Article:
1. The enactment of a policy and strategy for the purchase of more land for Jewish agricultural settlements in key areas.
  2. Setting and instituting a defined agricultural and economic policy.
  3. Setting and instituting a policy for the choosing of settlers and their training.
  4. The design of the character of the Baron’s moshava through education, culture, clothing, lifestyle, and farming.
  5. Definition of the concept of the “Hebrew Farmer” as related to his training, education, the education of his children, his lifestyle, and the services that he needed to enable him to gain economic independence.

With regard to his land acquisition policy, the Baron pursued a plan by which land was purchased for the establishment of agricultural centers which would create a continuous territory of Jewish settlements. Around the larger, existing moshavot of Rishon LeZion, Zichron Ya’akov and Rosh Pina, smaller satellite moshavot would be planned. The main moshava would house the major, regional services needed by the settlers of the region. Each moshava would have a synagogue, nursery school, and school.

With regard to the type of crops the Baron favored grapes and the production of wine.

wine barrels the Baron Edmund de Rothschild

To this end, the Baron and his administration brought in consultants and initiated training programs for the settlers. The Baron brought in consultants such as land surveyors, architects, and engineers for the planning of the settlements and the construction of the public, professional, and residential buildings. The structure of this precise planning is felt to this day in the grid of the original streets and the plan of the original houses of the moshavot, many of which still stand today. These buildings, together with the grid of the roads, the wells, and bridges make up the cultural built heritage left by Baron Edmund de Rothschild.

Another endeavor of the Baron was the establishment of a factory to produce glass wine bottles at Tantora, not far from the ancient coastal city of Dor. The bottles were to be produced using local sand. Meir Dizengoff, who was later to become the first mayor of Tel Aviv, was hired to manage the plant. This endeavor failed because the local sand was not suitable for making glass. The plant was closed but the buildings still stand and have been made into a museum.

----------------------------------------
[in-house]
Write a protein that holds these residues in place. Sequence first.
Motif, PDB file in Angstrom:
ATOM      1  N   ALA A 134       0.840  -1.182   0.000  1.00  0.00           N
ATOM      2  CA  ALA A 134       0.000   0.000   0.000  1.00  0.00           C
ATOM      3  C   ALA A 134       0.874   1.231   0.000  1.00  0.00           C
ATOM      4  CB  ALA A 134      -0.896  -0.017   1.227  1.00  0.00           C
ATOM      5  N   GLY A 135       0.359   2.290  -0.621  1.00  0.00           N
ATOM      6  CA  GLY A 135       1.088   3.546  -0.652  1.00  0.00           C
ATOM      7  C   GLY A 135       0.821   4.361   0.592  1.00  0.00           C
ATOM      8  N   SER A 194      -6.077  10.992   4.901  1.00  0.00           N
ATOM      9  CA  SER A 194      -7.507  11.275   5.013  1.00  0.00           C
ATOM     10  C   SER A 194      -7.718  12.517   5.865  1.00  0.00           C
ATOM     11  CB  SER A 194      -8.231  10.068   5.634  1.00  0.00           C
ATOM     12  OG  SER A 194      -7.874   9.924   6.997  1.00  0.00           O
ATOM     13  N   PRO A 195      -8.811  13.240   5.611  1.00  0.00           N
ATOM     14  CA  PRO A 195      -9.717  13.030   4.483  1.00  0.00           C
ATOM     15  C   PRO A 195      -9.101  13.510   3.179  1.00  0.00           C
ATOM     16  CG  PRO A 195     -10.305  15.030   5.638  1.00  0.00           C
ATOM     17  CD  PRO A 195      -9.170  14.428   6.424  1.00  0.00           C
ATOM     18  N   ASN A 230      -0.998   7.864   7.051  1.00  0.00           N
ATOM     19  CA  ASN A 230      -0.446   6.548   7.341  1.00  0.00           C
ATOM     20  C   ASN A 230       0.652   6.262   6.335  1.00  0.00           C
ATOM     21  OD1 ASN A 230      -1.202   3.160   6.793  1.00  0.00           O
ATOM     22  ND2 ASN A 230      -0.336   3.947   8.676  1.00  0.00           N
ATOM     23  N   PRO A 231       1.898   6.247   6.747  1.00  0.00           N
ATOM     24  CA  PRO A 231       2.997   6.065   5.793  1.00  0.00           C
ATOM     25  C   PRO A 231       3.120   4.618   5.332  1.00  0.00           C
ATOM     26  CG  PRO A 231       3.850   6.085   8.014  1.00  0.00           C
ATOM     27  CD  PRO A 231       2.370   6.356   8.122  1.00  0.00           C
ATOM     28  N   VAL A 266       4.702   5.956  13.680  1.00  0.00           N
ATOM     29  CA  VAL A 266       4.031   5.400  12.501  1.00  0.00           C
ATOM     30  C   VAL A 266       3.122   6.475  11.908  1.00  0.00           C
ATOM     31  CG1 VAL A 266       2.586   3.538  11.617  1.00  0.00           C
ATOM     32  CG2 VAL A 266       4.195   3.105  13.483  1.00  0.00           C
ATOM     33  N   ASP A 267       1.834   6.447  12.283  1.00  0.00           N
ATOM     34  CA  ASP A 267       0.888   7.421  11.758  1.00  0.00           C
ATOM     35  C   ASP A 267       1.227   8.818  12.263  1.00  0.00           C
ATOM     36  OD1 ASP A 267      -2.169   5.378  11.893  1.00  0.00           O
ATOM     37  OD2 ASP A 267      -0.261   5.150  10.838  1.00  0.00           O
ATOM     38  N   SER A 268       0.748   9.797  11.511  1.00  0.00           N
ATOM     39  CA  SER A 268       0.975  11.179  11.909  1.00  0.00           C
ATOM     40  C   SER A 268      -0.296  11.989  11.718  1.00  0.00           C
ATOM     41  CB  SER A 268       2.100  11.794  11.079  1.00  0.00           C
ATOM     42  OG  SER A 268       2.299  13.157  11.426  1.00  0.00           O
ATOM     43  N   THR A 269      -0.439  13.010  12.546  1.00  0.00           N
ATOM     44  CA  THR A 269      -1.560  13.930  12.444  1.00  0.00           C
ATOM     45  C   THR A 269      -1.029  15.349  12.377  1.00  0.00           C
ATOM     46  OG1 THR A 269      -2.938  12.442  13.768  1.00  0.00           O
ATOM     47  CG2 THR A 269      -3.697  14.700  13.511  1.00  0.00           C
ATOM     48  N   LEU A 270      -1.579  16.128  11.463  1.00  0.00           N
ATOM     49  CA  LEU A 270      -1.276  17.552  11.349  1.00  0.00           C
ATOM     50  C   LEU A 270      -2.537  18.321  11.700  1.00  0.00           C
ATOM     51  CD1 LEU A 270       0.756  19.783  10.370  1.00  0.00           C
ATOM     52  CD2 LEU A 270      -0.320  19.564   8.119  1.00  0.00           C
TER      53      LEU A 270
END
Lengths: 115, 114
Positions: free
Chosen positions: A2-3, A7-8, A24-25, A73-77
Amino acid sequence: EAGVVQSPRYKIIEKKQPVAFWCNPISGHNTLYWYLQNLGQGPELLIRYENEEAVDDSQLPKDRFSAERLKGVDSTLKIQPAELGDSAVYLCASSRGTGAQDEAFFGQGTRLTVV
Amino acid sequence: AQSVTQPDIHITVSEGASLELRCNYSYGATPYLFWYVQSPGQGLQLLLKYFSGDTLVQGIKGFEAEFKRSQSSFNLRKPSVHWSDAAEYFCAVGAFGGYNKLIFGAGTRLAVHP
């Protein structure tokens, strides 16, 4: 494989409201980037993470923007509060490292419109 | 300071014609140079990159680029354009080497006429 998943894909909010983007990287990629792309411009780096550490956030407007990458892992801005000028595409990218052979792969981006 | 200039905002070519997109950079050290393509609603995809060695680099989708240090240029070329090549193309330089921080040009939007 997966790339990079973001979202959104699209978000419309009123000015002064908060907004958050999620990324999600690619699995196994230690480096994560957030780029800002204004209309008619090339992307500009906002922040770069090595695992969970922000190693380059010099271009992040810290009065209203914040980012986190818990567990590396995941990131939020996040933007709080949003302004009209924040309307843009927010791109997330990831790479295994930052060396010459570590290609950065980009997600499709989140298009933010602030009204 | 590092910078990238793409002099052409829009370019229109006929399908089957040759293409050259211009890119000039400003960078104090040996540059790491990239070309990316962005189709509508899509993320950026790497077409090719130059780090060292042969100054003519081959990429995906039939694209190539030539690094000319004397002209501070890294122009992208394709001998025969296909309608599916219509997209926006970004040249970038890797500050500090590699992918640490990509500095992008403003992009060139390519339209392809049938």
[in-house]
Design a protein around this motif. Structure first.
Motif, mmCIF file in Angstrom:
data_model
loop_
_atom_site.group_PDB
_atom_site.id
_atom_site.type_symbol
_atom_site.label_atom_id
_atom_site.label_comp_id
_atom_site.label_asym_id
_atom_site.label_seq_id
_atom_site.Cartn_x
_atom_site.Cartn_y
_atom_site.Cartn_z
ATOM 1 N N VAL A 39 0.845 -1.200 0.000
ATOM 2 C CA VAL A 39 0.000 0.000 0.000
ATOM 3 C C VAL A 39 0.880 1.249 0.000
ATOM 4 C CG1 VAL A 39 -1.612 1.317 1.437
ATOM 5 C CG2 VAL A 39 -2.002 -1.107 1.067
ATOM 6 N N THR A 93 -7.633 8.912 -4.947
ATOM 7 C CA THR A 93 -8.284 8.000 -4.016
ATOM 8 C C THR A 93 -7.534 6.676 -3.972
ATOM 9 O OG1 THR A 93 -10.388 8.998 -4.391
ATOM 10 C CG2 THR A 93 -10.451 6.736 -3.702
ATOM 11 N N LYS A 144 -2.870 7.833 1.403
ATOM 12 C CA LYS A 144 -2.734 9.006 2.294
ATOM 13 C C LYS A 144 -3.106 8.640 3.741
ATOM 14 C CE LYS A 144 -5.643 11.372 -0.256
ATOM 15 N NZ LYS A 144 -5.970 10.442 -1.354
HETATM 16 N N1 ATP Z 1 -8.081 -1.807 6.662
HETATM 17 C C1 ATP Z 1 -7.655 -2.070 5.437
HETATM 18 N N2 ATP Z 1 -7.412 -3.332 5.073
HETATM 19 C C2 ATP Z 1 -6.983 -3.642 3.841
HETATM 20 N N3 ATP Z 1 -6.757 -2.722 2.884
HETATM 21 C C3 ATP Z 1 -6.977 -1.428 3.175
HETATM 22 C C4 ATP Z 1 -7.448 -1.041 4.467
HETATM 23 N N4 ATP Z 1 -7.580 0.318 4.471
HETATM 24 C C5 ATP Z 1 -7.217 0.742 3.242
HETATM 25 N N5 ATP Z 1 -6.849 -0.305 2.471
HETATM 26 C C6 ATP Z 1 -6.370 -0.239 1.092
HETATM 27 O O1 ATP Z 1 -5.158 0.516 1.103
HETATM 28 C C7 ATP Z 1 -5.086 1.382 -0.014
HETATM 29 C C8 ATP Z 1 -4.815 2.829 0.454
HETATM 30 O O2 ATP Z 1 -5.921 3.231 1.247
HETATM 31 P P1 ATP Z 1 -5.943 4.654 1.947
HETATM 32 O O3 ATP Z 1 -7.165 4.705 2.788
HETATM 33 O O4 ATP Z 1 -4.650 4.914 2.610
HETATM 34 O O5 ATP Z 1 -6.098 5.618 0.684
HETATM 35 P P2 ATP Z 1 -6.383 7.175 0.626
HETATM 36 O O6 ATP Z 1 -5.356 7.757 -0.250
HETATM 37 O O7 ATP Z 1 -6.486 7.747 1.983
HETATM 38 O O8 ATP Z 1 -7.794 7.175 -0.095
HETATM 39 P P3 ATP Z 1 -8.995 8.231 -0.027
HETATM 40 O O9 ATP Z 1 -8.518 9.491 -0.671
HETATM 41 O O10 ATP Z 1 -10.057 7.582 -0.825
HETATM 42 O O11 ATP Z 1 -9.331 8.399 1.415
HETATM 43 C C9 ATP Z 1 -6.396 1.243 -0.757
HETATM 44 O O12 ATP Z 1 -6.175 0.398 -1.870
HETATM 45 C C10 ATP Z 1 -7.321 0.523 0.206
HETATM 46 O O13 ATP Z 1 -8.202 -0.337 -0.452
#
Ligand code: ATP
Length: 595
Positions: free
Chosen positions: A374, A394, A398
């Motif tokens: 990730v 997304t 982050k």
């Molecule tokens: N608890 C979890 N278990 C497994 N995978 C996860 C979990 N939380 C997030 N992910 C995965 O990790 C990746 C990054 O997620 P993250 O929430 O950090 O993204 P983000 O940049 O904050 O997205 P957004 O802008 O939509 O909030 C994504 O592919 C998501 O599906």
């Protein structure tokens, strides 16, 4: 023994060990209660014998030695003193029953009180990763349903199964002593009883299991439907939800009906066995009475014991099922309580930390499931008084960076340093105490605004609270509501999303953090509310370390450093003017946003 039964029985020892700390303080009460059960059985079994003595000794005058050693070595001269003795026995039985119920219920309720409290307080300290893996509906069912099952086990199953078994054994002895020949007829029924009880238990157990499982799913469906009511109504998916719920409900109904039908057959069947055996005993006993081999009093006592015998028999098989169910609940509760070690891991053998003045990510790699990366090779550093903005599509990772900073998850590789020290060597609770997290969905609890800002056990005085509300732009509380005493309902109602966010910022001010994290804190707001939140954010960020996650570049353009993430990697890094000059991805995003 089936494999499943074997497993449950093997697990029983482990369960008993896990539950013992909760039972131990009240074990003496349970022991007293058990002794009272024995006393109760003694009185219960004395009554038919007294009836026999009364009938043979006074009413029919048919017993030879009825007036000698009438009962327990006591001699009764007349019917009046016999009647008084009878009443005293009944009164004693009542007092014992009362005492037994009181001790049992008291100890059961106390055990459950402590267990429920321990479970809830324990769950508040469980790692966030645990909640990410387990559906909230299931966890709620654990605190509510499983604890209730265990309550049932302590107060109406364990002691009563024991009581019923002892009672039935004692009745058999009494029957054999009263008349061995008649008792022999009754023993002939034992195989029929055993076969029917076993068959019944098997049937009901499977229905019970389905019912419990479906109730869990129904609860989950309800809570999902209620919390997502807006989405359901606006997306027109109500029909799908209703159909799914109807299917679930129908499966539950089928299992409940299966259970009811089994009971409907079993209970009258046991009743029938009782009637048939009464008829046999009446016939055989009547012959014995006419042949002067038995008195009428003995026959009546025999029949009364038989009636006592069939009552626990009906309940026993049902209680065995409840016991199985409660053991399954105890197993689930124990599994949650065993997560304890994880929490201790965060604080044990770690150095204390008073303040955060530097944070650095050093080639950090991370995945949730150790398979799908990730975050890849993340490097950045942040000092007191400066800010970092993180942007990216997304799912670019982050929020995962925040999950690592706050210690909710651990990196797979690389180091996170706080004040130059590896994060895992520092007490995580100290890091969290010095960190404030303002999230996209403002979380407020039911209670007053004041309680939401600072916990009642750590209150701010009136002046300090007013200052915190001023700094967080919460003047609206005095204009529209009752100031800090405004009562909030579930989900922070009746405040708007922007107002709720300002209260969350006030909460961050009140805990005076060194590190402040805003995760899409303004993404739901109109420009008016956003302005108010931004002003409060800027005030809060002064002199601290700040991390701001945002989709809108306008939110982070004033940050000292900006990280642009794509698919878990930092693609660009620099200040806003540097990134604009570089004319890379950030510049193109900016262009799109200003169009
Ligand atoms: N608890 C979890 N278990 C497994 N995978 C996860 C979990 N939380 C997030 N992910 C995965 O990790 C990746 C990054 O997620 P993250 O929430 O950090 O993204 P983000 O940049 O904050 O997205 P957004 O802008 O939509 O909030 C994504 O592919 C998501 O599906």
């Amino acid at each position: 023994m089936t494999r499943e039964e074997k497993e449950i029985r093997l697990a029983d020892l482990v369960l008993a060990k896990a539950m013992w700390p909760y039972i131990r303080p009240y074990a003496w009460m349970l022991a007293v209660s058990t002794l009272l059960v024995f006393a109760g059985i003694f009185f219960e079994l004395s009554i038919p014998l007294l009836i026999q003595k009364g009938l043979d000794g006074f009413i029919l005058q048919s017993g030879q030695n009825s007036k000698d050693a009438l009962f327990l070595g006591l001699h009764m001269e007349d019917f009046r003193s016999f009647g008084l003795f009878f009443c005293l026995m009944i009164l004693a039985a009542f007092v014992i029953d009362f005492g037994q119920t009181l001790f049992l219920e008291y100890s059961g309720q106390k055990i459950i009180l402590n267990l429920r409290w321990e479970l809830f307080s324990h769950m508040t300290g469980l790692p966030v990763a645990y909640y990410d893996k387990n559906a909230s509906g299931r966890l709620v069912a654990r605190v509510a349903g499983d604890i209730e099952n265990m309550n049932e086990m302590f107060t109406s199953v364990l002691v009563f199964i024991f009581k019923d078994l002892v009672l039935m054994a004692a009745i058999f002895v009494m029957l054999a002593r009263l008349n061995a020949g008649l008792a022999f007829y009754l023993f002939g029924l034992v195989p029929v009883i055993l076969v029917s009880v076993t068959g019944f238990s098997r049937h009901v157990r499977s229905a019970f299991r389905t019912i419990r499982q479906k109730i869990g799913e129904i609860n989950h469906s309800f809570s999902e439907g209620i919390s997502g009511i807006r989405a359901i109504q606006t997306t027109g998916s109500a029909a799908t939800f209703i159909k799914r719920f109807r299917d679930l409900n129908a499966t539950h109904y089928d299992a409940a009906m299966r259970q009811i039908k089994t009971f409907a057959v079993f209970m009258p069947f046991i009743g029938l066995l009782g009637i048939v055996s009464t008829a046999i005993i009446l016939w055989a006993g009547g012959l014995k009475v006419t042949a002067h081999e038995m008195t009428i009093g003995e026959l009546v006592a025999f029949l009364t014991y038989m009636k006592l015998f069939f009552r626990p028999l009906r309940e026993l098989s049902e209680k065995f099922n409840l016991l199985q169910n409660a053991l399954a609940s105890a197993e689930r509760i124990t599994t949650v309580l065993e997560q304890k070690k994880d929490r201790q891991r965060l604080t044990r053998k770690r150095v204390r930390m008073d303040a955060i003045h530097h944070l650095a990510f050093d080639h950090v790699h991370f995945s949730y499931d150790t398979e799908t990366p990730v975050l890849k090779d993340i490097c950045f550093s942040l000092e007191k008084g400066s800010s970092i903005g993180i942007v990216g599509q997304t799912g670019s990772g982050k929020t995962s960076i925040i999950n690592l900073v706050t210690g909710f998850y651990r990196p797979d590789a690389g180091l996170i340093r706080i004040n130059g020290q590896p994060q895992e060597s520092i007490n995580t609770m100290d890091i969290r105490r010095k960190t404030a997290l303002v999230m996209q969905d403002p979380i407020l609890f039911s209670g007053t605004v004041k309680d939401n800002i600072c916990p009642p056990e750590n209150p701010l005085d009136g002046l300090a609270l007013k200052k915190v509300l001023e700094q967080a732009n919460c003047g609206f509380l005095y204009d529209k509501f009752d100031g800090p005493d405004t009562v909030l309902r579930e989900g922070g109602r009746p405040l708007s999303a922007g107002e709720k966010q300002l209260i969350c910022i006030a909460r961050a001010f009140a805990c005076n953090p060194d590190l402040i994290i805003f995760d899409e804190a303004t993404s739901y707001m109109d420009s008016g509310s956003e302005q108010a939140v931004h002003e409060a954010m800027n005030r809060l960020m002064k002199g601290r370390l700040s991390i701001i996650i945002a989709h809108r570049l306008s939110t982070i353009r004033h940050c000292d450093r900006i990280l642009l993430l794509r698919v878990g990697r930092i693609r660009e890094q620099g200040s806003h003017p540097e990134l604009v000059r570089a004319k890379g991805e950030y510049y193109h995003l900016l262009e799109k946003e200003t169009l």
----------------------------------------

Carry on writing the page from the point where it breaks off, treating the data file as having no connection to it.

Baron Edmund de Rothschild poured millions of his own money into these moshavot from 1882 up to the time of his death in 1934. Without this assistance, many of these moshavot would have failed and the whole Jewish “Yishuv” would have been in danger of extinction as well.

The moshavot contributed much to the establishment of agriculture as an industry in the land of Israel. The Carmel Wines brand was established by Baron Edmond de Rothschild in 1882, and developed by the Jewish settlers in Rishon Lezion and Zichron Ya’akov. This is the largest winery in Israel today. Many of these moshavot grew citrus fruit for local consumption and for export abroad. At this point, the growth and export of citrus fruit became another major industry in the land of Israel, attracting the investments of other Jewish entrepreneurs at that time.

The moshavot played an important role in the establishment of a new Zionistic culture which was the basis of the Zionist endeavor. Baron Rothschild’s policies as set out above helped to establish this culture.


Zichron Yaakov - Rothschild

Many of these villages have remained small and have kept their paths and buildings as if time has stood still, such as Metulla and Rosh Pina. Many of these villages have grown, demolishing many of these buildings and building new ones in their place, such as Rishon LeZion which is one of the largest cities in Israel. Today, many of these modern Israeli cities have decided to preserve the buildings and original street grids of their core centers which were built according to the plans initiated by the Baran Edmond de Rothschild. In this manner, the legacy of the cultural built heritage of Baron Rothschild is being preserved.

Photo Credits
The Synagogue of Rishon LeZion  – from the  Rishon LeZion Museum and Archives From Pikiwiki web site, Horowitz House – Photographer Israel Pecker from Pikiwiki Web Site, The Visit of the Baron in Zichron Ya’akov 1914 – Historical Archives of Zichron Ya’akov, from Wikipiki Web site. Winebarrel Making workshop in Zichron Ya’akov , 1883 – Public Domain – Wikipiki web site, Carmel Winery in Rishon LeZion 2017 – Photographer Zev Stein, Pikiwiki Web site, The Glass Factory at Tantura – Pikiwiki web site